5.4 Worsening of Symptoms of Decreased Gastrointestinal Motility in Patients with Autonomic Neuropathy
Oxybutynin chloride extended-release tablets should be administered with caution to patients with clinically significant bladder outflow obstruction because of the risk of urinary retention [see Contraindications (4)].
Oxybutynin chloride extended-release tablets should be administered with caution to patients with gastrointestinal obstructive disorders because of the risk of gastric retention [see Contraindications (4)].
Oxybutynin chloride extended-release tablets, like other anticholinergic drugs, may decrease gastrointestinal motility and should be used with caution in patients with conditions such as ulcerative colitis and intestinal atony.
Oxybutynin chloride extended-release tablets should be used with caution in patients who have gastroesophageal reflux and/or who are concurrently taking drugs (such as bisphosphonates) that can cause or exacerbate esophagitis.
As with any other nondeformable material, caution should be used when administering oxybutynin chloride extended-release tablets to patients with preexisting severe gastrointestinal narrowing (pathologic or iatrogenic). There have been rare reports of obstructive symptoms in patients with known strictures in association with the ingestion of other drugs in nondeformable controlled-release formulations.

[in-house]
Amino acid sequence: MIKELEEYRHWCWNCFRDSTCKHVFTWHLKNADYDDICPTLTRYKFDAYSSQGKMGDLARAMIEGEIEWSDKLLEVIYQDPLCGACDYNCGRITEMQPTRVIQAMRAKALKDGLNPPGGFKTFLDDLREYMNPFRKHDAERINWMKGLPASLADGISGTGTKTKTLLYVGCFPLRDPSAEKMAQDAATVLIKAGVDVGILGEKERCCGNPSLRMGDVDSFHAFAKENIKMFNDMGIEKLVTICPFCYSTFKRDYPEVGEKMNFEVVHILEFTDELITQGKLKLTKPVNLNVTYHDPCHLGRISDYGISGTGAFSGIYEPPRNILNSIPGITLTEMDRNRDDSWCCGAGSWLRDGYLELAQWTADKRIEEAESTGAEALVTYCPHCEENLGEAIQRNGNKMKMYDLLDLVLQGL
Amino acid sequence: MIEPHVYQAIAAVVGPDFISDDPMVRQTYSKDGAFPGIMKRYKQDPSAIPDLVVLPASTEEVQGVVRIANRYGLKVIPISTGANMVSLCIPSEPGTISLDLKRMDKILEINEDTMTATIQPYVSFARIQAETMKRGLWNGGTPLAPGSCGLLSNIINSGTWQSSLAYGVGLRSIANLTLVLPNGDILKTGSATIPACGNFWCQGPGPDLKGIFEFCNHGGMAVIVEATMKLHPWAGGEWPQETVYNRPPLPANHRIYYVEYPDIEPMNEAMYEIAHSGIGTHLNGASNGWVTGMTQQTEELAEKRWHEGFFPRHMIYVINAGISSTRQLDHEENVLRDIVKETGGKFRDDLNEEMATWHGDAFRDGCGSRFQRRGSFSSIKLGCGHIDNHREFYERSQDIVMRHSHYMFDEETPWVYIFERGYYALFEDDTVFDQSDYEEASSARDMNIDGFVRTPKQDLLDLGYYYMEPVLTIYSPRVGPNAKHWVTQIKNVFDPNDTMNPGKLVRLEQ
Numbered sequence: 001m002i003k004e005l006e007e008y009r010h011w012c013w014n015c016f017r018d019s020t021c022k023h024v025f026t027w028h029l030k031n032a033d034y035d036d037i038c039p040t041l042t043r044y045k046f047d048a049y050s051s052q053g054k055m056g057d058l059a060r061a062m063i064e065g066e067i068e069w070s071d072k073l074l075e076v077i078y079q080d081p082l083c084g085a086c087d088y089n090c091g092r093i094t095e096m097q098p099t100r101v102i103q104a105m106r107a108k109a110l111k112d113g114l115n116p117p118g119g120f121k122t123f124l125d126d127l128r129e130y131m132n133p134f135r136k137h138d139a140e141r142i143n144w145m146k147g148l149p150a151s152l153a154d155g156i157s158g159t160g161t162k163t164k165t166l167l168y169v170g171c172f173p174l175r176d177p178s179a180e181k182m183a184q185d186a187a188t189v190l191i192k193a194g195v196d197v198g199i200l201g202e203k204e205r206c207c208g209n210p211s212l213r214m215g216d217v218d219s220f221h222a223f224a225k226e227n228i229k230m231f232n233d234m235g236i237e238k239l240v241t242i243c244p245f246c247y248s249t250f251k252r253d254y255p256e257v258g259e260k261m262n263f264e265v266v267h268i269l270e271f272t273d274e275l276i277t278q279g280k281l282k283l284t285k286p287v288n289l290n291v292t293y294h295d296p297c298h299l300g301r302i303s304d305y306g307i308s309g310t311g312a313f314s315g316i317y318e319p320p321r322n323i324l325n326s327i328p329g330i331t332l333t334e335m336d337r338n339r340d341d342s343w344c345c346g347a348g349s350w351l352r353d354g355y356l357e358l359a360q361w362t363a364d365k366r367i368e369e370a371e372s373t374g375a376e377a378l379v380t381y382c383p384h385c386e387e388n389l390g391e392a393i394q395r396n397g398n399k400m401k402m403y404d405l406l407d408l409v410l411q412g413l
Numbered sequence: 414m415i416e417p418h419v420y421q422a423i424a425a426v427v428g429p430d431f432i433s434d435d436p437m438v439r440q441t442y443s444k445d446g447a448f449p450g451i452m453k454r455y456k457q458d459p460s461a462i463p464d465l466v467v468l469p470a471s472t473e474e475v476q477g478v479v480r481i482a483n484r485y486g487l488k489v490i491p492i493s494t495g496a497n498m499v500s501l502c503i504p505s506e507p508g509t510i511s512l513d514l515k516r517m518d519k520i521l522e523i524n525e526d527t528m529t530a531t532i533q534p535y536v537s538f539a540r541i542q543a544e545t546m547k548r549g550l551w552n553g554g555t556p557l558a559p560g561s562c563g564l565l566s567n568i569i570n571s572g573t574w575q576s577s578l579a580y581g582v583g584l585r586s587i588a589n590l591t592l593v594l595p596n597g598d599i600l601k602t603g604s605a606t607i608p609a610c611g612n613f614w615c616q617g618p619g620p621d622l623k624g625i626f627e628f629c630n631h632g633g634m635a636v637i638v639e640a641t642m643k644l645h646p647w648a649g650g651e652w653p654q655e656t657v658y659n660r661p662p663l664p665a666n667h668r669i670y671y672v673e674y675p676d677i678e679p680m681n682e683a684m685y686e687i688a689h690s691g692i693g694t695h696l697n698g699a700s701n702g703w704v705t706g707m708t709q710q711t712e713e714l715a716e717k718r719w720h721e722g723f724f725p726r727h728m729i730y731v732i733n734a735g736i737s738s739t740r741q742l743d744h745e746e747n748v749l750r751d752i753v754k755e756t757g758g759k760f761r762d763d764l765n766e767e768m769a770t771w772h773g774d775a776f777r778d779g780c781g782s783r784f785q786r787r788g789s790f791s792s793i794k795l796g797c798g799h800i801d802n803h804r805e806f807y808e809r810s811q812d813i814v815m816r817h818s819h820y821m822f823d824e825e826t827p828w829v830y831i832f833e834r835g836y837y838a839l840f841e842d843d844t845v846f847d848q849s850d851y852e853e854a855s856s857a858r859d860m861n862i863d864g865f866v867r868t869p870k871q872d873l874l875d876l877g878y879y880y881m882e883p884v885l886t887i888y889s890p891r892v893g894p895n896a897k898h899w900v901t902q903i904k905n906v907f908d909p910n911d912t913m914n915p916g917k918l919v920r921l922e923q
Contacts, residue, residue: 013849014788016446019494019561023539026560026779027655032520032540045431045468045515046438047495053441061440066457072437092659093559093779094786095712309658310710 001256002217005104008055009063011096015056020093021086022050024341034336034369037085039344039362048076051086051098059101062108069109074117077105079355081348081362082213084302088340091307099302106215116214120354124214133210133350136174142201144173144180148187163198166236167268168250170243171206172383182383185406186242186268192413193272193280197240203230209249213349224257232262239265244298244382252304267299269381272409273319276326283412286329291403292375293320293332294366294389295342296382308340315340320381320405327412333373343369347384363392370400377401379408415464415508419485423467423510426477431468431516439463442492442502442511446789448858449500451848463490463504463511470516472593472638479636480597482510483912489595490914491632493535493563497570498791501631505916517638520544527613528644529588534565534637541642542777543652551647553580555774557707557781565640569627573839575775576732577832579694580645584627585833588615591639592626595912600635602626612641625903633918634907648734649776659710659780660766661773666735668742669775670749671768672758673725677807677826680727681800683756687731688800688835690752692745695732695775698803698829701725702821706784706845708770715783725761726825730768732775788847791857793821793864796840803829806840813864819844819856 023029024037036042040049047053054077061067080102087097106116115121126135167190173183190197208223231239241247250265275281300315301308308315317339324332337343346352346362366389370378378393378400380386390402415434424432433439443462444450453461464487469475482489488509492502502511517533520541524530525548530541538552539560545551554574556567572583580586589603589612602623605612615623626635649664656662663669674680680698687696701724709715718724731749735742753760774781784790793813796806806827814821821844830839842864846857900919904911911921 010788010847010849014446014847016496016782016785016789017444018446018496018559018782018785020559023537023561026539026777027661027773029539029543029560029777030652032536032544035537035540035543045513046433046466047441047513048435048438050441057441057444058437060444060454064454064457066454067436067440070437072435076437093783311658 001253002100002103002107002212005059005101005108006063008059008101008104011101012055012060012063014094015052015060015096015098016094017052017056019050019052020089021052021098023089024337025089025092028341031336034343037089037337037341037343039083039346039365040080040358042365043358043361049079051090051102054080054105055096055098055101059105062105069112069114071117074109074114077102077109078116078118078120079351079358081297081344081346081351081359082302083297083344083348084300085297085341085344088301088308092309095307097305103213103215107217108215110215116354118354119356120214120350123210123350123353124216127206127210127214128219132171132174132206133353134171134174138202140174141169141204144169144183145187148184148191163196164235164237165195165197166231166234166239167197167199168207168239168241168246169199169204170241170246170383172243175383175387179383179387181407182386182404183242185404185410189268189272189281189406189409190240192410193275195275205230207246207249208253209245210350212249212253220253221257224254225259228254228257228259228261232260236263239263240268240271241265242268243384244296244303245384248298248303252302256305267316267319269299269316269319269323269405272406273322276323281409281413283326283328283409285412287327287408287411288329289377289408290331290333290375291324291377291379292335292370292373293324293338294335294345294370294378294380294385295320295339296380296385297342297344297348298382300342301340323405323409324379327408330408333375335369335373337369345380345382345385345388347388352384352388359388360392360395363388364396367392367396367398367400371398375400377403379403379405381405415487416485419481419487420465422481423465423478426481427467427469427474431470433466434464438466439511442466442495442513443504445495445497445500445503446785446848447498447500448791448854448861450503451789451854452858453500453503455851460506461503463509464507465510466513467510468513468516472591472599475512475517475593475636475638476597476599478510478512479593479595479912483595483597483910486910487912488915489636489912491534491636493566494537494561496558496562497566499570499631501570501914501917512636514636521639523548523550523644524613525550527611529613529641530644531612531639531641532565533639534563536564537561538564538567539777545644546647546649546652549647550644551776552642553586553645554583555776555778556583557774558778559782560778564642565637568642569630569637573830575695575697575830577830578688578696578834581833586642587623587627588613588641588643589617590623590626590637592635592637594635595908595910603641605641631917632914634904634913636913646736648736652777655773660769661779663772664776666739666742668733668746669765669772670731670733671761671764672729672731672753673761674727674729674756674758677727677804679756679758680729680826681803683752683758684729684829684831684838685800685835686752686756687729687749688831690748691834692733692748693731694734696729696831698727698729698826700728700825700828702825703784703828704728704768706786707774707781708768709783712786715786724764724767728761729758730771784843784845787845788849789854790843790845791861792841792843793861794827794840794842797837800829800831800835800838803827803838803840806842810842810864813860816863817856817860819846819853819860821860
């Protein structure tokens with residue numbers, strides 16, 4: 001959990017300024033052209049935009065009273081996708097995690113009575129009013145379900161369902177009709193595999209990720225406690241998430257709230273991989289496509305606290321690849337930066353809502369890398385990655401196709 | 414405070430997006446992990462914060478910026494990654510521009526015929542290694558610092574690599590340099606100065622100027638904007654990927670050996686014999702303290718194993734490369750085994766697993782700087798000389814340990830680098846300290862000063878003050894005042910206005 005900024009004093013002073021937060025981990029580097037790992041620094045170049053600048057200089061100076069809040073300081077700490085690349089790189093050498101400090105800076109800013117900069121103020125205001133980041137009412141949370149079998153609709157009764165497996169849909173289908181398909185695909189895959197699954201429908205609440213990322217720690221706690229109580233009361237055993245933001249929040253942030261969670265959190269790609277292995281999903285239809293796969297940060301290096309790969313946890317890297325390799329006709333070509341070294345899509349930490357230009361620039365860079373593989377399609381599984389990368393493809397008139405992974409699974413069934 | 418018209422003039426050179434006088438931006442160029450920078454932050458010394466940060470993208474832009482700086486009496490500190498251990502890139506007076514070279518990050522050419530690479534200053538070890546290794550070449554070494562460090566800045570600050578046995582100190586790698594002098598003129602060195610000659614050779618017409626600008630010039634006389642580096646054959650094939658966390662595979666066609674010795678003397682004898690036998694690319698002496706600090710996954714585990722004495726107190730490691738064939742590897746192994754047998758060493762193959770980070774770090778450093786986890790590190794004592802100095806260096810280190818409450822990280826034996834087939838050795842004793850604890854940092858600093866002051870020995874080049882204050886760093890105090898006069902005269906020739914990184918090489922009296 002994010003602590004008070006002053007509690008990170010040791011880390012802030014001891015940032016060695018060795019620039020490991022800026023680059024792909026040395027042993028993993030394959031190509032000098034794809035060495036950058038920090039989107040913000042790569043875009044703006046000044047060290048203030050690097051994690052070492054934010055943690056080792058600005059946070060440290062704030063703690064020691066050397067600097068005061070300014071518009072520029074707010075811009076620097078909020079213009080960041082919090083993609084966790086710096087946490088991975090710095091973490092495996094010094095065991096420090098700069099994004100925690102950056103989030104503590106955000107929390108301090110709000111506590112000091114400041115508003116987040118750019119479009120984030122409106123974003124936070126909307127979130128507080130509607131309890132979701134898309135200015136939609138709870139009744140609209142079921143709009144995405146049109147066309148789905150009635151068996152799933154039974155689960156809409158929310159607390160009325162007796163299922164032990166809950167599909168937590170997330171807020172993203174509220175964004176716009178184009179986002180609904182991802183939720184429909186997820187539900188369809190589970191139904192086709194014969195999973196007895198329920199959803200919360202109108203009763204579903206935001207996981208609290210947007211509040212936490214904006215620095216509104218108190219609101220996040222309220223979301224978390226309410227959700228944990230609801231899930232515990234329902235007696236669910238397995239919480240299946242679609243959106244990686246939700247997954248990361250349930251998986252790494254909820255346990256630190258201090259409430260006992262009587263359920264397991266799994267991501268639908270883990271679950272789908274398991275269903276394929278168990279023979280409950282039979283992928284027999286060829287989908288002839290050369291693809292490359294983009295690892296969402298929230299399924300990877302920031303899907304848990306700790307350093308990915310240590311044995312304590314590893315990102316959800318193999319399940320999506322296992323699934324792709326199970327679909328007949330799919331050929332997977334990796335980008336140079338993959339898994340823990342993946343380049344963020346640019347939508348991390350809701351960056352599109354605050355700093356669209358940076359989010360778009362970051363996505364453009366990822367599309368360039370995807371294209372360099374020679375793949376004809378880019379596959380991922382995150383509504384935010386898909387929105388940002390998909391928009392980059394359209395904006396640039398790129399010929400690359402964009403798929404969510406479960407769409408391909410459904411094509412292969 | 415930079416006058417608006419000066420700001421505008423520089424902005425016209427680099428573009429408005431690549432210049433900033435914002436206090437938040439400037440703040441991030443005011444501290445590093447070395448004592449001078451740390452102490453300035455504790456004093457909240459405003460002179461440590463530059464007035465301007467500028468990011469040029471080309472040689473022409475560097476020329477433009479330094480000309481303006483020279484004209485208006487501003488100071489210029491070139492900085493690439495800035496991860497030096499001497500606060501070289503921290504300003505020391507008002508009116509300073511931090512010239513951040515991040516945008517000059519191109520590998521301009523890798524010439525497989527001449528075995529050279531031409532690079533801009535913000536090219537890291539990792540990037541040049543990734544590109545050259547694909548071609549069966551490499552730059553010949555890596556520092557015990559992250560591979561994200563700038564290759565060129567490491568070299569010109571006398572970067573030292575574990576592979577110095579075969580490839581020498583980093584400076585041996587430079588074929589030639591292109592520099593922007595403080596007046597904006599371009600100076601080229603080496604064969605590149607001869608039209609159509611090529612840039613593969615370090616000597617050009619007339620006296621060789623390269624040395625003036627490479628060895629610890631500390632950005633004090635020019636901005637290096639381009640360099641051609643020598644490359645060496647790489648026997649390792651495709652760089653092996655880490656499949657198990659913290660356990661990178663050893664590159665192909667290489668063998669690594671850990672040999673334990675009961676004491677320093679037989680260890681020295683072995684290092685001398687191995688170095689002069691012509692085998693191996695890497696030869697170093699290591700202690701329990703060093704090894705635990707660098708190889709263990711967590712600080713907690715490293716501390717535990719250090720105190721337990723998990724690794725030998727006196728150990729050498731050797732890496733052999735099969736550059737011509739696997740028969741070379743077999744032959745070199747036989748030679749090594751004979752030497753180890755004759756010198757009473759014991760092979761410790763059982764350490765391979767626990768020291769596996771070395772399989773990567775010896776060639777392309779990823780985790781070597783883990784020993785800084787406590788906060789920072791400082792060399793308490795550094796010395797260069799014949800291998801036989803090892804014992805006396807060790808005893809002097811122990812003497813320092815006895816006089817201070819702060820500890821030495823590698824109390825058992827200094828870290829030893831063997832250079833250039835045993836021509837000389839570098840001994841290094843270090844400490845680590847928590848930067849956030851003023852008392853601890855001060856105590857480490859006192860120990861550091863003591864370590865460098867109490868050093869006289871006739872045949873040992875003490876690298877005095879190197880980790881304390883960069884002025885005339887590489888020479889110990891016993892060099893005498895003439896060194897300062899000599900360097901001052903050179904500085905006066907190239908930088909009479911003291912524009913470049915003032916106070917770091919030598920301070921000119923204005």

Because clinical trials are conducted under widely varying conditions, the adverse reaction rates observed in the clinical trials of a drug cannot be directly compared to rates in the clinical trials of another drug and may not reflect the rates observed in clinical practice.
The safety and efficacy of oxybutynin chloride extended-release tablets (5 to 30 mg/day) was evaluated in 774 adult subjects who participated in five double-blind, controlled clinical trials. In four of the five studies, Oxybutynin chloride extended-release tablets (5 to 20 mg/day in 199 subjects) was an active comparator. Adverse reactions reported by ≥ 1% of subjects are shown in Table 1.
2 The bundled term residual urine volume consists of the preferred terms residual urine volume and
residual urine volume increased.
|System/Organ Class Preferred Term||Oxybutynin Chloride Extended-Release Tablets 5 to 30 mg/day n = 774 %||Oxybutynin Chloride Immediate-Release Tablets 5 to 20 mg/day n = 199 %|
|Nervous System Disorders|
|Respiratory, Thoracic and Mediastinal Disorders|
|Gastro-esophageal reflux disease||1||0.5|
|Skin and Subcutaneous Tissue Disorders|
|Renal and Urinary Disorders|
|General Disorders and Administration Site Conditions|
|Residual urine volume2||2.3||3.5|
The discontinuation rate due to adverse reactions was 4.4% with oxybutynin chloride extended-release tablets compared to 0% with oxybutynin chloride immediate-release tablets. The most frequent adverse reaction causing discontinuation of study medication was dry mouth (0.7% ).
The following adverse reactions were reported by <1% of oxybutynin chloride-treated patients and at a higher incidence than placebo in clinical trials: Metabolism and Nutrition Disorders: anorexia, fluid retention; Vascular disorders: hot flush; Respiratory, thoracic and mediastinal disorders: dysphonia; Gastrointestinal Disorders: dysphagia, frequent bowel movements; General disorders and administration site conditions: chest discomfort, thirst.